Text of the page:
Polls, for months, predicted either Carter’s win or declared the race anyone’s guess; but when Reagan managed a landslide victory — veritably crushing his opponent — politicians and the public, alike, revisited polls to parse out how pollsters managed such skewed and inaccurate forecasts.
“For weeks before the presidential election, the gurus of public opinion polling were nearly unanimous in their findings,” wrote John F. Stacks for TIME in April 1980. “In survey after survey, they agreed that the coming choice between President Jimmy Carter and challenger Ronald Reagan was ‘too close to call.’ A few points at most, they said, separated the two major contenders.
“But when the votes were counted, the former California Governor had defeated Carter by a margin of 51% to 41% in the popular vote — a rout for a U.S. presidential race. In the electoral college, the Reagan victory was a 10-to-1 avalanche that left the President holding only six states and the District of Columbia.”
In countless analyses of Carter’s staggering defeat in the face of opinion polling, several issues emerged just as relevant now as they were at the beginning of the 80s.
Noting that in the 30 years prior to the 1980 discrepancy, election results had largely concurred with pre-election polling, Stacks explained, the “spreading use of polls by the press and television has an important, if unmeasurable, effect on how voters perceive the candidates and the campaign, creating a kind of synergistic effect: the more a candidate rises in the polls, the more voters seem to take him seriously.”
Déjà vu, much?
Add the Internet’s undeniably critical role to the press and TV Stacks describes, when examining Donald Trump’s astronomically successful, albeit darkly negative, campaign — which had, at first, been taken less seriously than if Donald Duck had announced joining the race — and the demonstrative importance of polling in elections becomes markedly clear.
But even further, a parallel drawn by Victor Davis Hanson for Real Clear Politics between the 1980 and 2012 elections more closely – if not uncannily – relates to this year’s dogfight for the White House. Using the examples of Carter’s highly contentious economic policies and the Iran hostage crisis as a backdrop, Hanson noted, with emphasis added:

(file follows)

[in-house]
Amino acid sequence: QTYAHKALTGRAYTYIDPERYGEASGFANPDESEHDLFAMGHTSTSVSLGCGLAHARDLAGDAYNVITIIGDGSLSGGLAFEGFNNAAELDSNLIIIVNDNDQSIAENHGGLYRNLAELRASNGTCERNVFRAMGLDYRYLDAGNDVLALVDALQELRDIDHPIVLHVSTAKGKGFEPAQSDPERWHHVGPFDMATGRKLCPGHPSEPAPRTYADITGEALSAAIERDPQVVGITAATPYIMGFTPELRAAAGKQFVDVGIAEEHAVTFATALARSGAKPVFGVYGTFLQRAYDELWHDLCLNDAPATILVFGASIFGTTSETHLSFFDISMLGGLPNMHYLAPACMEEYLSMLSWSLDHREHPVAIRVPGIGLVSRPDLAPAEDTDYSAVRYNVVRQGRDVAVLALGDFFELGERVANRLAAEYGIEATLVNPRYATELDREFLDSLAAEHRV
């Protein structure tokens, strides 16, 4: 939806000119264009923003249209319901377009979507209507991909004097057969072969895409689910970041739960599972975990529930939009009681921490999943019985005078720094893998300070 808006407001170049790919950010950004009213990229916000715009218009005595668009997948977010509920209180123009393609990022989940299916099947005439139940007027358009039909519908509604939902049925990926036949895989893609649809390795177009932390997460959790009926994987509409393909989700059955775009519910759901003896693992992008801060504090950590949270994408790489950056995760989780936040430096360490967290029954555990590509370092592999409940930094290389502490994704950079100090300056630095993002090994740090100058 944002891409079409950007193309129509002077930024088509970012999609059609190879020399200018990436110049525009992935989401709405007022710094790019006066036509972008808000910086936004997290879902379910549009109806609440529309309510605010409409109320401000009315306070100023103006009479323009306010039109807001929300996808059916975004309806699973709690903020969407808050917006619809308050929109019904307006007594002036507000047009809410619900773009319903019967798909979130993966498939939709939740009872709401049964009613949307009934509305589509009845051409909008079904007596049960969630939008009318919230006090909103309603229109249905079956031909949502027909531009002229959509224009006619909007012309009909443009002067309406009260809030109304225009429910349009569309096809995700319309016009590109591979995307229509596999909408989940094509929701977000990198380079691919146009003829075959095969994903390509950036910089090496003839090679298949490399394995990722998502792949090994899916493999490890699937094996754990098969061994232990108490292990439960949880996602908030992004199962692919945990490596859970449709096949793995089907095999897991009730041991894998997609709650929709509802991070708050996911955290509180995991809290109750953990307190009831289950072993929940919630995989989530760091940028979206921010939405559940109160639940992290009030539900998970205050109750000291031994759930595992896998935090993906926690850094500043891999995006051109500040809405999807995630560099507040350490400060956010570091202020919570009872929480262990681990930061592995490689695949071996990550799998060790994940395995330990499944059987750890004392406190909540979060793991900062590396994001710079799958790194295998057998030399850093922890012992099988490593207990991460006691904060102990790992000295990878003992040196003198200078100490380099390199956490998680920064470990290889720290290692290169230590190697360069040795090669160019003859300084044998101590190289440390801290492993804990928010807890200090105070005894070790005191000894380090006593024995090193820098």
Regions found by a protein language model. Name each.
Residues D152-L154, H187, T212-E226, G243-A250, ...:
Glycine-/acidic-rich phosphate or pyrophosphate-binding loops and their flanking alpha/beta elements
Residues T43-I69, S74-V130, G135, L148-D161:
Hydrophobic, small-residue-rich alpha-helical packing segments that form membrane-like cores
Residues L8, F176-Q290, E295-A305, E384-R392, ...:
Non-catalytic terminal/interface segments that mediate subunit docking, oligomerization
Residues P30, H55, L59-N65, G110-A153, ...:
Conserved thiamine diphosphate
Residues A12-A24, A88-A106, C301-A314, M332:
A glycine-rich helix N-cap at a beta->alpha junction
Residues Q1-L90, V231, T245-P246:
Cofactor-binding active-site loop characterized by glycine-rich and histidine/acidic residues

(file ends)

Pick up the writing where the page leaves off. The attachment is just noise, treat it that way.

“Without a record to defend, Carter instead pounded Reagan as too ill-informed and too dangerous to be president.”
If you’ve even set foot in the United States over the past few months, that statement sounds like strategy ripped straight from the Hillary Clinton campaign playbook in its no holds barred assault on the character of the erratic demagogue, Trump.
Notably, in Carter’s case, that strategy cum character assassination — all comments on validity aside —didn’t exactly work out so well.
Hanson also aptly surmised Reagan’s bevy of gaffes — ordinarily the cause of a candidate’s downfall — were a moot point in conjunction with tepid support for Carter in the national vote. In fact, describing the incumbent’s support base as “divided and indifferent” certainly echoes the country’s ambivalence to Hillary Clinton’s scandal-plagued campaign — not to mention widespread rumors of electoral fraud, proven media complicity, and multiple ongoing criminal and corruption investigations.
Even recent opinion polls seem to mimic the period prior to the 1980 election, both in inexplicable public support for Clinton — how many of you have met actual Hillary fans? — and in discrepancies surrounding what her actual lead might be.”
….Continue reading more @ ZeroHedge.com